The US and China’s resentment seems to have started seeping into common public perception.
Between October and November, even before the US presidential election was held, researchers surveyed 1,064 adults in China regarding their attitudes towards 14 developed countries.
Out of the list, the US appeared to be the most disliked one, with 77 per cent of respondents holding a “very unfavorable” or “somewhat unfavorable” view of the country.
However, the negative feelings weren’t one-sided.
An earlier survey conducted by the Pew Research Center between June and August found 73 per cent of American respondents held “very unfavorable” or “somewhat unfavorable” views of China.
The Pew researchers had surveyed over 14,000 adults across 14 countries, namely the US, Canada, Sweden, Denmark, the UK, Netherlands, Belgium, Germany, France, Spain, Italy, Japan, Australia and South Korea.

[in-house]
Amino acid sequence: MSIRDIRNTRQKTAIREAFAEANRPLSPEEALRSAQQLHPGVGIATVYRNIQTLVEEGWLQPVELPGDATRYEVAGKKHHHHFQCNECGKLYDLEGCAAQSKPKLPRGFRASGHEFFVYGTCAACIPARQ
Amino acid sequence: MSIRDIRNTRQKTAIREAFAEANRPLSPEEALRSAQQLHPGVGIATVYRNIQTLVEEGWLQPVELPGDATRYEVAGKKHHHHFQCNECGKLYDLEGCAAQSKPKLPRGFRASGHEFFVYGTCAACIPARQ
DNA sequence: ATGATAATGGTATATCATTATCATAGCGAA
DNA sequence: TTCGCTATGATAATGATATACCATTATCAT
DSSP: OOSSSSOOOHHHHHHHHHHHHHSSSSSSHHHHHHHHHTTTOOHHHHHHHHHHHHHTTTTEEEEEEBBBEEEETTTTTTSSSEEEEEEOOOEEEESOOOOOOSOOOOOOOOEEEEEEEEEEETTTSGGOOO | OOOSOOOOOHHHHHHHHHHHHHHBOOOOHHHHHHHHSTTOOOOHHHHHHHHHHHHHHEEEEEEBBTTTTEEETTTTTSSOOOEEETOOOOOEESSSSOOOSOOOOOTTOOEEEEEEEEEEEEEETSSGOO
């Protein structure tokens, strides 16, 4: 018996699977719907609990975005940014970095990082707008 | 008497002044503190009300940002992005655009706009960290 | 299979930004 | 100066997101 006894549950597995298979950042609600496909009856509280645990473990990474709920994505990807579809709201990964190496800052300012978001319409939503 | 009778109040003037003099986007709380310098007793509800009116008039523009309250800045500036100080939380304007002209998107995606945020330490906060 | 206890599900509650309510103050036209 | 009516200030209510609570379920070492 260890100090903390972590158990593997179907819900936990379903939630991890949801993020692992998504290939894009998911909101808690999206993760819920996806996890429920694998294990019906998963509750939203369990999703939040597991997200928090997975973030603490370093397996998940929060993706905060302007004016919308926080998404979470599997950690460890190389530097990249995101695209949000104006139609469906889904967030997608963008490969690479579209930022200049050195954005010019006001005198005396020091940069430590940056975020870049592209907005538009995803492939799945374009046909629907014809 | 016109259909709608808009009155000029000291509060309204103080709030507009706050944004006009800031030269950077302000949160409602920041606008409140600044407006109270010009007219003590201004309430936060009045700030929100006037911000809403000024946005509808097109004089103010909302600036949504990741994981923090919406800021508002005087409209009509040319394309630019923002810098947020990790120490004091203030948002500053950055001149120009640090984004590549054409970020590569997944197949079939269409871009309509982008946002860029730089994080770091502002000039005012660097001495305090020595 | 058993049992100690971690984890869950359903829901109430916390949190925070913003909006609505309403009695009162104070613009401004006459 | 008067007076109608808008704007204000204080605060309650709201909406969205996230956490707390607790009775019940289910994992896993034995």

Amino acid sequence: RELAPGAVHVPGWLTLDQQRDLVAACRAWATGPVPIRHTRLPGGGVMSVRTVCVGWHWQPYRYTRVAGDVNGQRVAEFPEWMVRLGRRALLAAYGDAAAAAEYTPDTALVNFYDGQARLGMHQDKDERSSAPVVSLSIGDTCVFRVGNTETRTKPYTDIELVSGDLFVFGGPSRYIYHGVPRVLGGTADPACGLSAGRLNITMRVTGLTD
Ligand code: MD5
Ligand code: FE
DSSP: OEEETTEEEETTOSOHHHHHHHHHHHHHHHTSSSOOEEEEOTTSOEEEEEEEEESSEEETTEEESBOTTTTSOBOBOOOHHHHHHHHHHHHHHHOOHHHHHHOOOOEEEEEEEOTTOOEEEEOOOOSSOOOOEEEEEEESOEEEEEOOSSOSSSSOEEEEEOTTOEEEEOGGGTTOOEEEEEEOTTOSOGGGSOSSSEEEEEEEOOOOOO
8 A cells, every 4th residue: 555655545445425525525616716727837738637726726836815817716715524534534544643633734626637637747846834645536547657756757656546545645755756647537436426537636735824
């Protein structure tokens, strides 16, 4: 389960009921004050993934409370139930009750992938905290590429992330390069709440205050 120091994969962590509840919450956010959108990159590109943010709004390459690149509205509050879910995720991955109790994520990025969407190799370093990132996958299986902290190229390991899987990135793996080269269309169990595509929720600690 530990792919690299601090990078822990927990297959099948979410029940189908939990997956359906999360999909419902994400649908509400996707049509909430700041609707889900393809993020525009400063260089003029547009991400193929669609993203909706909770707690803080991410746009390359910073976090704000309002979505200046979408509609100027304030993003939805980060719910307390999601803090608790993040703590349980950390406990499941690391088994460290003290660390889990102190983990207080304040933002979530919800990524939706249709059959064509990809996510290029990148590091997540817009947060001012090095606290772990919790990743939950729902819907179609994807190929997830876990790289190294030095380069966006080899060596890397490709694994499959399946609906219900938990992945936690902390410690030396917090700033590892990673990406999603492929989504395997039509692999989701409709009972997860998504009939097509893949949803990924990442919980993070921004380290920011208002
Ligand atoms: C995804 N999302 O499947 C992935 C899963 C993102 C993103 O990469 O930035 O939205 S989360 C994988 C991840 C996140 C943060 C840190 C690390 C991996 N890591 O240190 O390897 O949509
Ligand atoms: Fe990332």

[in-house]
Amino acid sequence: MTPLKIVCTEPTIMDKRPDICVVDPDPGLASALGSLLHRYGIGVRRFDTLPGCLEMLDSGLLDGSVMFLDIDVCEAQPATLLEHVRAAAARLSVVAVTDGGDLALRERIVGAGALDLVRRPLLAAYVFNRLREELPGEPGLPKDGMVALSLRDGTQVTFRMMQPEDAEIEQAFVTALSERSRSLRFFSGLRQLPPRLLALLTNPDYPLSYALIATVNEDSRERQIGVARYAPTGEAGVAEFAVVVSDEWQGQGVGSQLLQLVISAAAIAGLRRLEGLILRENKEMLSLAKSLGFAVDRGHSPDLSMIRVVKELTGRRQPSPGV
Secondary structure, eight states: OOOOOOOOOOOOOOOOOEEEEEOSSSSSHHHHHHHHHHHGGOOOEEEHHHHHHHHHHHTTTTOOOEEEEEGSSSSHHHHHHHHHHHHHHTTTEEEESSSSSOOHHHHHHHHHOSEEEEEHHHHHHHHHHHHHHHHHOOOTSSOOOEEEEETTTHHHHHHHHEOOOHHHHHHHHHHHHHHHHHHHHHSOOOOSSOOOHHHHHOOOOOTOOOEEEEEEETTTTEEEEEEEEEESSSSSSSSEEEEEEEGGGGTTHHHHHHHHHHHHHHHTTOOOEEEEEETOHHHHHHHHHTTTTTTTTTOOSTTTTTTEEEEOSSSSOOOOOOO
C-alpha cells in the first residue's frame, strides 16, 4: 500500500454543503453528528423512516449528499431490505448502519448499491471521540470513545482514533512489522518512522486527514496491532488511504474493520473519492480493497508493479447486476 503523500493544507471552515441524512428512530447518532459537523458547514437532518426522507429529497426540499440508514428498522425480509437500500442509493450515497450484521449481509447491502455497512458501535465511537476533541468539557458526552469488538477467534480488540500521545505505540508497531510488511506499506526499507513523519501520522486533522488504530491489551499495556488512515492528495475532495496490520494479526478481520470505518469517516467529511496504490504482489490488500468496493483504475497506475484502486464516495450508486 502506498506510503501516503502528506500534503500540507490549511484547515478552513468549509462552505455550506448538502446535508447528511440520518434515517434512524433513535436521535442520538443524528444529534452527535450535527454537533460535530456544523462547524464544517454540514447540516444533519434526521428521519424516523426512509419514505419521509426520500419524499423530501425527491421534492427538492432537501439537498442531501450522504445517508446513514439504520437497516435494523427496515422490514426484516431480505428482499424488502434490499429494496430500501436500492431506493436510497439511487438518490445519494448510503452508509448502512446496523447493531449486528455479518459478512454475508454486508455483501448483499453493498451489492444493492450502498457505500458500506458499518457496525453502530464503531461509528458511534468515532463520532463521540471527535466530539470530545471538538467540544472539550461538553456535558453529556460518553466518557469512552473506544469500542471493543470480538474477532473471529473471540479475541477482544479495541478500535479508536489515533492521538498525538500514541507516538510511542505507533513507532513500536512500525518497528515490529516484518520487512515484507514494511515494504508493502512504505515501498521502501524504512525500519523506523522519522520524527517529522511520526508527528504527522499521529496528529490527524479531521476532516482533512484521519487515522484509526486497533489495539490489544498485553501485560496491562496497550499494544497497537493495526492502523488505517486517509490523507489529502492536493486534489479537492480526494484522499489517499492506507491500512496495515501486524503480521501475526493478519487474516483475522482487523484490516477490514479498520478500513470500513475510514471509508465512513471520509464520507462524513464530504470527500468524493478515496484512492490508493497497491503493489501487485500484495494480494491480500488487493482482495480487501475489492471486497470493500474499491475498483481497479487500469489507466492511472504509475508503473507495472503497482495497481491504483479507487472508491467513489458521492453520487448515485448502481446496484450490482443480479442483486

The majority of the respondents in all the countries held negative attitudes toward Beijing.
Although western nations seemed to hold a negative view of China, Chinese public seemed to hold tempered attitudes towards them. Apart from the US and Japan, the other 12 developed countries on the list used for the survey in the Asian country were viewed by the Chinese public in a generally favourable light.
“We were somewhat surprised by the tiered responses. We did not have a clear expectation as to what the pattern would be like but had thought that the negativity would generally be high,” Dr Songying Fang, a political science professor at Rice University and one of the researchers for the survey, told VICE World News.
“But Australia, for example, fared better than we had expected given many troubles that the two countries are going through right now,” Fang said.
The relations between Australia-China have declined rapidly this year, from China’s imposition of tariffs on Australian exports to the detention and evacuation of Australian journalists in the country.